This graph is clean and balanced. Generally, it’s not good to abandon axes, and I don’t know if a social scientist could have gotten away with stripping them, but in this case, all the viewer needs to see is included next to each circle. The name of the disease is probably the most important element and that is easier to see right next to the dot than in some sort of axial label elsewhere. I’d also rather have the percentage values spelled out than have the circles simply plotted on a percentage continuum that I then have to mentally map. So it’s working for me. I’d also point out that if the axis had been a percentage continuum the flow of the cascade would not have been so elegant. Swine flu, malaria, and seasonal flu would have been more or less on top of each other. The way they’re presented here we can actually understand them a bit better than if they had been strictly plotted. The overall review is that relying on the principles of graphic design rather than relying on the principles of graph paper serves this particular data quite well.
What needs work
These colors strike me as being a bit too cheery for such a serious topic as disease fatality. While I am not the kind of graphics person who goes on and on about color theory, I do think that after sufficient cultural training (ie living in Western culture for a sufficient period of time or growing up here) will lead to a subconscious attachment of sentiment to particular colors. AIDS (untreated) and AIDS (treated) get the color tones more or less correct since orange and red are often correlated with anger, danger or aggression. AIDS is certainly an aggressive disease – any illness is experienced as an assault, in my opinion. Tuberculosis is also an angry, aggressive disease with a high fatality rate and yet it’s green. Green is related with invigoration, health, and the positive features of the natural order (that’s why all those bath products are green. Marketers like color theory.). Purple and magenta, especially when they are right next to each other as they are here, kind of look like carefree fun, the kind of fun associated with bubble gum, bike streamers, and pop rocks. So red and orange are working for me but green is a misstep. The colors for the rest could have been either shades of red or shades of gray and black. Yes, the graphic overall would have been more depressing, but that is the point.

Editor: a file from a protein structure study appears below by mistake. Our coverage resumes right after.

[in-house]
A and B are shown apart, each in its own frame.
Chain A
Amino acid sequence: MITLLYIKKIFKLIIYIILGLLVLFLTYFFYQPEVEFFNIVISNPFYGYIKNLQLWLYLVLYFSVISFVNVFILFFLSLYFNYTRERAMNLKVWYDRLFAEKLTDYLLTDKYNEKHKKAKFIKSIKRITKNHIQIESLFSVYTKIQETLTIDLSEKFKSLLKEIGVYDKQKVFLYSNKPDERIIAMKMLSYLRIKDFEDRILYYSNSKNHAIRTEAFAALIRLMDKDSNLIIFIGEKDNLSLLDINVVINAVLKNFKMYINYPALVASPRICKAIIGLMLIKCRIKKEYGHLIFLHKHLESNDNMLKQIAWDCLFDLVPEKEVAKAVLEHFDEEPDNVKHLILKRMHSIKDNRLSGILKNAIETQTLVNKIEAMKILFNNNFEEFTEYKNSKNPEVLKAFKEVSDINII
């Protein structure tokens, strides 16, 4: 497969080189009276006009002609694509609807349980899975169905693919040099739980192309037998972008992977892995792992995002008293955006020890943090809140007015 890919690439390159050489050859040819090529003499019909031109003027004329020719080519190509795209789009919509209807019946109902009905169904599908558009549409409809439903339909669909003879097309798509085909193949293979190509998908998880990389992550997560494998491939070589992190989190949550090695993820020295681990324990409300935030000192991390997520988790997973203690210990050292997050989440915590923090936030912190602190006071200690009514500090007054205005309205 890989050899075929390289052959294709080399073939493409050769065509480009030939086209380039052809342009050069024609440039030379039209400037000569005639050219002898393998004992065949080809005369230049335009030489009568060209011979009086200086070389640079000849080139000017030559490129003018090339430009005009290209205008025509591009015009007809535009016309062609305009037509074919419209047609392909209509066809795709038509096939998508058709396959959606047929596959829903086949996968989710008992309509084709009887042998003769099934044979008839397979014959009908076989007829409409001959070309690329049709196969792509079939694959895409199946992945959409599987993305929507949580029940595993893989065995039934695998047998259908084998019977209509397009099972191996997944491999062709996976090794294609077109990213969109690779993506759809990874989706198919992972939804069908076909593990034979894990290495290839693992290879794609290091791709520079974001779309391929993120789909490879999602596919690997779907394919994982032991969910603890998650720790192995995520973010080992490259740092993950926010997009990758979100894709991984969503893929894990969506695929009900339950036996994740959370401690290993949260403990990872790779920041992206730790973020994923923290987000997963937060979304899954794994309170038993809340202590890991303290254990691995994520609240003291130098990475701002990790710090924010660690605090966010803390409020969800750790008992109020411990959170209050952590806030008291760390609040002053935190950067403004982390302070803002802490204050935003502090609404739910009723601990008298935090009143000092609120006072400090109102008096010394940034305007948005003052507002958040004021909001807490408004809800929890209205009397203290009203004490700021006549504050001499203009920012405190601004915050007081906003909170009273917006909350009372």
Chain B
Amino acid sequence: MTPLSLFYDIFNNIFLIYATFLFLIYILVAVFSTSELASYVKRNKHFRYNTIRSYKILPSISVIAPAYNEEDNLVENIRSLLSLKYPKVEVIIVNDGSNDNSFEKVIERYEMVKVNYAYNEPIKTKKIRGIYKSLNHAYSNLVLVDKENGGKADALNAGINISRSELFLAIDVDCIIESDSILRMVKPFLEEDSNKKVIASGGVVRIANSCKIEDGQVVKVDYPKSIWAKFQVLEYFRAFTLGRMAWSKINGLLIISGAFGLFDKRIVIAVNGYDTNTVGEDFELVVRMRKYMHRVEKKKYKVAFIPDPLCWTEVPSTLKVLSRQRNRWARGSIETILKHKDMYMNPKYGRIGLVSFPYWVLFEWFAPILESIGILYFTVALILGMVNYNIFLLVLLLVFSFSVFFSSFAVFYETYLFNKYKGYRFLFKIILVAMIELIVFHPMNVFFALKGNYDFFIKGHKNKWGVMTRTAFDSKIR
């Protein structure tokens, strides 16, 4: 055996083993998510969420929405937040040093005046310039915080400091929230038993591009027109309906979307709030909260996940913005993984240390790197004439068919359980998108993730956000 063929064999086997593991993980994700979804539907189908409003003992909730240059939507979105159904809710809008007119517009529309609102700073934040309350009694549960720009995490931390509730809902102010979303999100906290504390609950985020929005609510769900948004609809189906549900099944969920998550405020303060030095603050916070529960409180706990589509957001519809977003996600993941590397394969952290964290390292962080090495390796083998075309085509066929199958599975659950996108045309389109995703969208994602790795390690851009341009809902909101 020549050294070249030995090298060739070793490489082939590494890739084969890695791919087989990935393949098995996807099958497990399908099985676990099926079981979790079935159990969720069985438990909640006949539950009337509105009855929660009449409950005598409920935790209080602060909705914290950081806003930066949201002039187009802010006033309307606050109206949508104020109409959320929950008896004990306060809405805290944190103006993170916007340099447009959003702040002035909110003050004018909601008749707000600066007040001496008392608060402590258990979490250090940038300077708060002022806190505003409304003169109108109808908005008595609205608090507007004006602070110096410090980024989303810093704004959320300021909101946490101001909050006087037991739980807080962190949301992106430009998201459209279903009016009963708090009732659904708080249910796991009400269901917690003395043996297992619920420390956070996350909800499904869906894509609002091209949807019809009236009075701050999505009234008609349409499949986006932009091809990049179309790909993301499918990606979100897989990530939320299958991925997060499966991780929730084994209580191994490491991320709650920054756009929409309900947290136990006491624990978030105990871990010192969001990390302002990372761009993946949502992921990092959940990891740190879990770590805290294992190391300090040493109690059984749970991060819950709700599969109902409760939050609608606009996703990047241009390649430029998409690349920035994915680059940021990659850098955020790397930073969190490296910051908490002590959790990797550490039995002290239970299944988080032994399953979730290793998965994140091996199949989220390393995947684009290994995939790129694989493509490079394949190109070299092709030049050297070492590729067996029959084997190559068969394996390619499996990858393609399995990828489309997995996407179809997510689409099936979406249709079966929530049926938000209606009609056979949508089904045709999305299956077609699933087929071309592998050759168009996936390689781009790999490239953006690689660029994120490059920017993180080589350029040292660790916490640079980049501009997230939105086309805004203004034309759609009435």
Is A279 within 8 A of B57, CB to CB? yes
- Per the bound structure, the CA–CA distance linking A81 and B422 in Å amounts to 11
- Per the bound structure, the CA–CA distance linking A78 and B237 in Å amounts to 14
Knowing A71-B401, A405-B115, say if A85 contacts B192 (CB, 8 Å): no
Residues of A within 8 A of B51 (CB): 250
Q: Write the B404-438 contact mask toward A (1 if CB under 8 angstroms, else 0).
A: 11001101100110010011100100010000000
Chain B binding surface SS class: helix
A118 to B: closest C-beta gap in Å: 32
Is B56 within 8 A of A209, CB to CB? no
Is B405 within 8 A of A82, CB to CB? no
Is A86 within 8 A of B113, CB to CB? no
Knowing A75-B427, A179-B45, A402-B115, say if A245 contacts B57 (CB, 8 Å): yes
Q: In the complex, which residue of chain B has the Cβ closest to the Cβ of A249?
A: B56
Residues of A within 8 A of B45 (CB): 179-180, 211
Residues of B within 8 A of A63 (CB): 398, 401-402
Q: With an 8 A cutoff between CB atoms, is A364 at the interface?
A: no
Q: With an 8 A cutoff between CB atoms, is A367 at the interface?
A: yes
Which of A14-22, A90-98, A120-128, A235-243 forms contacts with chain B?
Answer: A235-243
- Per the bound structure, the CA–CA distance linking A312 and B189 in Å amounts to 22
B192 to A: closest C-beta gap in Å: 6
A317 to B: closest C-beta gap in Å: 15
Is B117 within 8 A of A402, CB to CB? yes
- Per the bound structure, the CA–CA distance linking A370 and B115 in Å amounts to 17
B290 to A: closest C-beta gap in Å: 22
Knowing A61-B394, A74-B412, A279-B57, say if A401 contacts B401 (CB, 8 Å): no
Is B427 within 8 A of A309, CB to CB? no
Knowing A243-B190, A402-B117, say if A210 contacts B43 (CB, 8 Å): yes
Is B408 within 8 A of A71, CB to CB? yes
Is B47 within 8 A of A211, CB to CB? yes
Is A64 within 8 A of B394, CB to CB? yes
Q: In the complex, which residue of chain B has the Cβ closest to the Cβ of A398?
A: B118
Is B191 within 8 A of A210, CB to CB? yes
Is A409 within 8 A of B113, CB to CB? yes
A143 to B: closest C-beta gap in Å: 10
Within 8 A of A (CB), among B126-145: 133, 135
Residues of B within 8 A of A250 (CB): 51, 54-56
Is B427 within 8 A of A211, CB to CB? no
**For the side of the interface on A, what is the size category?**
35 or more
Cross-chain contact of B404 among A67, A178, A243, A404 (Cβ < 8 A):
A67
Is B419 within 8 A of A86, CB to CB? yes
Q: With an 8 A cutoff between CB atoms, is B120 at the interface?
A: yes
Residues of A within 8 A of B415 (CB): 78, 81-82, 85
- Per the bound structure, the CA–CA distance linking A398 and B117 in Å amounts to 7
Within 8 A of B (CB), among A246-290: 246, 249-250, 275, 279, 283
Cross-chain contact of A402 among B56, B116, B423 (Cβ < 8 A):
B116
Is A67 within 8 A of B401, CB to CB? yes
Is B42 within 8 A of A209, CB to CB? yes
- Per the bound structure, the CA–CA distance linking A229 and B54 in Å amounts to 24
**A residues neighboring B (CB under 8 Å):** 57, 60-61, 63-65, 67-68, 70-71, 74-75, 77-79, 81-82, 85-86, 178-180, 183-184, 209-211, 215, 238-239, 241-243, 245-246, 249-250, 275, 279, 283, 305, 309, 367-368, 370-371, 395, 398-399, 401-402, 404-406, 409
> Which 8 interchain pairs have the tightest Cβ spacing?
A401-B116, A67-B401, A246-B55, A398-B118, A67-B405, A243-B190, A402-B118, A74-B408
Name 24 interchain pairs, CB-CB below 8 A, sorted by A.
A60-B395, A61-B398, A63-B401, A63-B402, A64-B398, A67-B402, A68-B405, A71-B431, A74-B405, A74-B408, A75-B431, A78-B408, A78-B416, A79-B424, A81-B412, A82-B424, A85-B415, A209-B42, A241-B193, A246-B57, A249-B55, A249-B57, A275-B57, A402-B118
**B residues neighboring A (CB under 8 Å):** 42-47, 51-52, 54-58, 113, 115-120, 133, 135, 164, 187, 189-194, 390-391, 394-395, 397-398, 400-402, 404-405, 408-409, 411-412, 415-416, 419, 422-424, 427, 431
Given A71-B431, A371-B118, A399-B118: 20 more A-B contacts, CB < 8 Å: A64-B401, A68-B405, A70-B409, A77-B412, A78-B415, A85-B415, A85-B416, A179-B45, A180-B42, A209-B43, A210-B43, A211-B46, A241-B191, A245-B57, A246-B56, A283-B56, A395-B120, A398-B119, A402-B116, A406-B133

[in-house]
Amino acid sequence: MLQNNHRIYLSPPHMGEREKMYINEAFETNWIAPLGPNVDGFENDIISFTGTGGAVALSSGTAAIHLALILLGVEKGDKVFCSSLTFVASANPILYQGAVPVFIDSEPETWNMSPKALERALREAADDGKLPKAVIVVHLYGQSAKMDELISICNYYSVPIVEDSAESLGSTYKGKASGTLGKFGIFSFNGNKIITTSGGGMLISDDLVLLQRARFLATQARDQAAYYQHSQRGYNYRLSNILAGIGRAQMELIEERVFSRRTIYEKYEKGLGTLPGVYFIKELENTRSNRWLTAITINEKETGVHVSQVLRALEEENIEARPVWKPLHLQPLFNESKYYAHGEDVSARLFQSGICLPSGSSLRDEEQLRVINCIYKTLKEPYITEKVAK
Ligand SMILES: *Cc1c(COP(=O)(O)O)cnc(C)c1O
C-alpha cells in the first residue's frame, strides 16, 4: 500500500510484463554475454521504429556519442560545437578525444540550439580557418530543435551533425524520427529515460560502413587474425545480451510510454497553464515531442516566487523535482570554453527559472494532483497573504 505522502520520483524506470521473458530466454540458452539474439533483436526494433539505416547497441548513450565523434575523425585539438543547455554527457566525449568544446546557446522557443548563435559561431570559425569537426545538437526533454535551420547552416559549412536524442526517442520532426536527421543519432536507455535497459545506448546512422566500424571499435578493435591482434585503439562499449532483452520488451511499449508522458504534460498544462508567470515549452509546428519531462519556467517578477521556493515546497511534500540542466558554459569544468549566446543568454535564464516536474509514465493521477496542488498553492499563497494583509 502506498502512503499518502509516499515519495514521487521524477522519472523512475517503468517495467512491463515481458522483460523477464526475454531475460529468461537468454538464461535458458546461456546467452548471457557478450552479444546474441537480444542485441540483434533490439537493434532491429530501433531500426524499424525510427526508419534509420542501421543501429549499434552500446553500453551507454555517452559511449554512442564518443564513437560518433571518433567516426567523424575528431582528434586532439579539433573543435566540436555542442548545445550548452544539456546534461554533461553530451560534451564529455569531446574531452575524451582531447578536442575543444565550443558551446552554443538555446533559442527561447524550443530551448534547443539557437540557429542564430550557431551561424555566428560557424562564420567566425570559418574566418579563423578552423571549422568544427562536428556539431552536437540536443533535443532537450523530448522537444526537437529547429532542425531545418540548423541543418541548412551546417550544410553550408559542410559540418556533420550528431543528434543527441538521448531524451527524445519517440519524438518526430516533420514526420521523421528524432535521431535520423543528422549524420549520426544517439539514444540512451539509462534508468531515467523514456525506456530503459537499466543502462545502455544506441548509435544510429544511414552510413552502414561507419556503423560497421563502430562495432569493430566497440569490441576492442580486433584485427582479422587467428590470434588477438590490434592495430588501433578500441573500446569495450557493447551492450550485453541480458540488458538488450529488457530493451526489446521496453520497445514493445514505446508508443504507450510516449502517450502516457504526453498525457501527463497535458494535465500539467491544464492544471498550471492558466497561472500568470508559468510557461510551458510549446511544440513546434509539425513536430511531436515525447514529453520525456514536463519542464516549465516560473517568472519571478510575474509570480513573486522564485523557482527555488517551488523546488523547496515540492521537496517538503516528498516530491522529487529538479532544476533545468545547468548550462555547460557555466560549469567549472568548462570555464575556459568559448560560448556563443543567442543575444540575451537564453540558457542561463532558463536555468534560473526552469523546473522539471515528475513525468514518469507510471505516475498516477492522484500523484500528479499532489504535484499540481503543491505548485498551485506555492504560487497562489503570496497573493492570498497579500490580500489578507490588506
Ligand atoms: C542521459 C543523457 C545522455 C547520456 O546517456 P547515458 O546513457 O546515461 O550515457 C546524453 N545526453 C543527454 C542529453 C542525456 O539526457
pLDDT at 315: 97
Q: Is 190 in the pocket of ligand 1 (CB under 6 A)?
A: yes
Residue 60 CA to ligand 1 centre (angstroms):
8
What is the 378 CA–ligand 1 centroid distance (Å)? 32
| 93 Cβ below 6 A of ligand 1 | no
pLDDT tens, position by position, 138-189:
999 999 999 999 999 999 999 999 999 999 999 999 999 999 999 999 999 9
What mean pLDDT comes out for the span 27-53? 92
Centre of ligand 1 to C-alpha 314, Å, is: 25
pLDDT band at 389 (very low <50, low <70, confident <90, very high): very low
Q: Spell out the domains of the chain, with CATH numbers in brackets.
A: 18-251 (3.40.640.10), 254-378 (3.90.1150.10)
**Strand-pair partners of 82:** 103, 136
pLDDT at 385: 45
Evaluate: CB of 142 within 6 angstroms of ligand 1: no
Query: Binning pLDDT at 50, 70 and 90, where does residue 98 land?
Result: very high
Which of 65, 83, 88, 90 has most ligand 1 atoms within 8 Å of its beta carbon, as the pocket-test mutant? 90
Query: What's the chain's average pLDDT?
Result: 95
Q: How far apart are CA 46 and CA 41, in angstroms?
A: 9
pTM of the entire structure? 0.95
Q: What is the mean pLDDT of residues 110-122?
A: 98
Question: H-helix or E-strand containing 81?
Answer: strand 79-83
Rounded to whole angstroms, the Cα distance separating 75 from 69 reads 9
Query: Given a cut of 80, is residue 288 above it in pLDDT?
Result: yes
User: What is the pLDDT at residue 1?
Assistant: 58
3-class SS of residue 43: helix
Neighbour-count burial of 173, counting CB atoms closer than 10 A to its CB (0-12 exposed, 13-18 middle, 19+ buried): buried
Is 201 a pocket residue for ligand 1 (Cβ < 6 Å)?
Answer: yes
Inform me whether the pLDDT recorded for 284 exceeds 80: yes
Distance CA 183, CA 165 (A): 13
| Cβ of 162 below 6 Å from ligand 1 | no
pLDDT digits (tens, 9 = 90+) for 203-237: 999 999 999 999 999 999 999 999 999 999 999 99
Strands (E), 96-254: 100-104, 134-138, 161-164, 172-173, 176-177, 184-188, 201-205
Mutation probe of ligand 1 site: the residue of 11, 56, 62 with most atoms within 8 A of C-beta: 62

Some information isn’t inherently beautiful and dressing it up as beautiful information may dilute the message. I think yesterday’s CO2 graphic was ‘beautiful information’ and yet it was only red, black and white.
McCandless, David. (September 2009) Fatal Infection at Information is Beautiful
For more on fatality rates
World Health Organization, CDC.
For more on circular graphics, see this newsletter [pdf]. I still dislike pie charts.
Few, Stephen. Our Fascination with all things Circular Perceptual Edge.
MeToo — May 24, 2010
As far as the degree that this is a successful graphical display of demographic phenomena:
1. Maybe I am missing something, but it seems to imply that there are two dimensions, x and y, to be considered, but there are not. That kind of leaves it like a figure/ground problem: what am I looking at? Is it a histogram or an x/y plot?
2. Tufte notes, based on perception psychology, not to use circles because we huamns cannot decently judge the relative area of two different-aera circles - i.e., we cannot tell when one has 50% greater area. Squares or rectangles are more intuitive.
3. The negative-slope lining gives these circles a bouncing-ball-type feeling that kind of accentuates the bigger circles by making them seem closer, as if the ball is bouncing right at me. So, AIDS seems very imposing. Not quite a dispassionate portrayal of data.
Disease Mortality Rates » Graphic Sociology | SEASONALFLU.INFO — May 24, 2010
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Esner — May 25, 2010
I agree with all points made by 'MeToo', but would like to add up on the argument that circles do not work well. What makes them especially difficult to interpret, is that no (proper) baseline is presented. We are almost forced to interpret all risks against that of untreated AIDS, but it's at 85% rather than 100%. I believe a basic barchart would show the information much more clearly (and perhaps even as pretty).
Also, unless we interpret 'average %' as a pleonasm, based on what is the average calculated?
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